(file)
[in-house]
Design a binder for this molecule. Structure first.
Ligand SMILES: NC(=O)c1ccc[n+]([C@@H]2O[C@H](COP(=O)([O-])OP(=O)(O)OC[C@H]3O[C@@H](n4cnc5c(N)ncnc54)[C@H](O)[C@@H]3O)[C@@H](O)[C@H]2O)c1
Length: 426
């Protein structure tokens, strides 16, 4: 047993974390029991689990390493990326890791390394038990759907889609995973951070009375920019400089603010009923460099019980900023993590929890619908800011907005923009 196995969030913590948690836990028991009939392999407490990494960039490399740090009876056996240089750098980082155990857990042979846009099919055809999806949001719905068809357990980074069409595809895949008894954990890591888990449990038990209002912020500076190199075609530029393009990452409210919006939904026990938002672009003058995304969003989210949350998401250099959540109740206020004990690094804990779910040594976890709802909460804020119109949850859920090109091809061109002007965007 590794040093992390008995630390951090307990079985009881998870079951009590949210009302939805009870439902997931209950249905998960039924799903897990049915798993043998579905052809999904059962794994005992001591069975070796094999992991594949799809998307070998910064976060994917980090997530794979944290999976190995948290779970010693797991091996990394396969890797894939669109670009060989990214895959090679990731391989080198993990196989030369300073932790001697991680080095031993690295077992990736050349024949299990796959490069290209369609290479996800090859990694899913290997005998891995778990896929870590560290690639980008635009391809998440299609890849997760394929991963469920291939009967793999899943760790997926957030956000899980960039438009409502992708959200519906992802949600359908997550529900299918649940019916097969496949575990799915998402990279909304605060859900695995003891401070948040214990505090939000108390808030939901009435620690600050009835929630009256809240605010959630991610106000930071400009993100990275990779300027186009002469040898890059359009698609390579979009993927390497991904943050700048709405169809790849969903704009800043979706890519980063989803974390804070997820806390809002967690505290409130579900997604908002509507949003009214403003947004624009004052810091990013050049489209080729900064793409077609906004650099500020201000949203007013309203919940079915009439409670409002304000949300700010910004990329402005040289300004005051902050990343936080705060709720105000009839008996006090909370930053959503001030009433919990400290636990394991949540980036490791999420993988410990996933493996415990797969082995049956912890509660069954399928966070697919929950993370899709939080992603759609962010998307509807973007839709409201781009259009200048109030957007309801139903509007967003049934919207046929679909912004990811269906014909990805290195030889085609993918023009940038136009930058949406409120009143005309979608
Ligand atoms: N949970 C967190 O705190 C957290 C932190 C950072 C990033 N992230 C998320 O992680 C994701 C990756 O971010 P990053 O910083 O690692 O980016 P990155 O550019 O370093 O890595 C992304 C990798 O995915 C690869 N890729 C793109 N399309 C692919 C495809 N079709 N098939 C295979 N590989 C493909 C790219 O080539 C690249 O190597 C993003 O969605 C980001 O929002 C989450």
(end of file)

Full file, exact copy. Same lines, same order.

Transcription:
[in-house]
Design a binder for this molecule. Structure first.
Ligand SMILES: NC(=O)c1ccc[n+]([C@@H]2O[C@H](COP(=O)([O-])OP(=O)(O)OC[C@H]3O[C@@H](n4cnc5c(N)ncnc54)[C@H](O)[C@@H]3O)[C@@H](O)[C@H]2O)c1
Length: 426
């Protein structure tokens, strides 16, 4: 047993974390029991689990390493990326890791390394038990759907889609995973951070009375920019400089603010009923460099019980900023993590929890619908800011907005923009 196995969030913590948690836990028991009939392999407490990494960039490399740090009876056996240089750098980082155990857990042979846009099919055809999806949001719905068809357990980074069409595809895949008894954990890591888990449990038990209002912020500076190199075609530029393009990452409210919006939904026990938002672009003058995304969003989210949350998401250099959540109740206020004990690094804990779910040594976890709802909460804020119109949850859920090109091809061109002007965007 590794040093992390008995630390951090307990079985009881998870079951009590949210009302939805009870439902997931209950249905998960039924799903897990049915798993043998579905052809999904059962794994005992001591069975070796094999992991594949799809998307070998910064976060994917980090997530794979944290999976190995948290779970010693797991091996990394396969890797894939669109670009060989990214895959090679990731391989080198993990196989030369300073932790001697991680080095031993690295077992990736050349024949299990796959490069290209369609290479996800090859990694899913290997005998891995778990896929870590560290690639980008635009391809998440299609890849997760394929991963469920291939009967793999899943760790997926957030956000899980960039438009409502992708959200519906992802949600359908997550529900299918649940019916097969496949575990799915998402990279909304605060859900695995003891401070948040214990505090939000108390808030939901009435620690600050009835929630009256809240605010959630991610106000930071400009993100990275990779300027186009002469040898890059359009698609390579979009993927390497991904943050700048709405169809790849969903704009800043979706890519980063989803974390804070997820806390809002967690505290409130579900997604908002509507949003009214403003947004624009004052810091990013050049489209080729900064793409077609906004650099500020201000949203007013309203919940079915009439409670409002304000949300700010910004990329402005040289300004005051902050990343936080705060709720105000009839008996006090909370930053959503001030009433919990400290636990394991949540980036490791999420993988410990996933493996415990797969082995049956912890509660069954399928966070697919929950993370899709939080992603759609962010998307509807973007839709409201781009259009200048109030957007309801139903509007967003049934919207046929679909912004990811269906014909990805290195030889085609993918023009940038136009930058949406409120009143005309979608
Ligand atoms: N949970 C967190 O705190 C957290 C932190 C950072 C990033 N992230 C998320 O992680 C994701 C990756 O971010 P990053 O910083 O690692 O980016 P990155 O550019 O370093 O890595 C992304 C990798 O995915 C690869 N890729 C793109 N399309 C692919 C495809 N079709 N098939 C295979 N590989 C493909 C790219 O080539 C690249 O190597 C993003 O969605 C980001 O929002 C989450």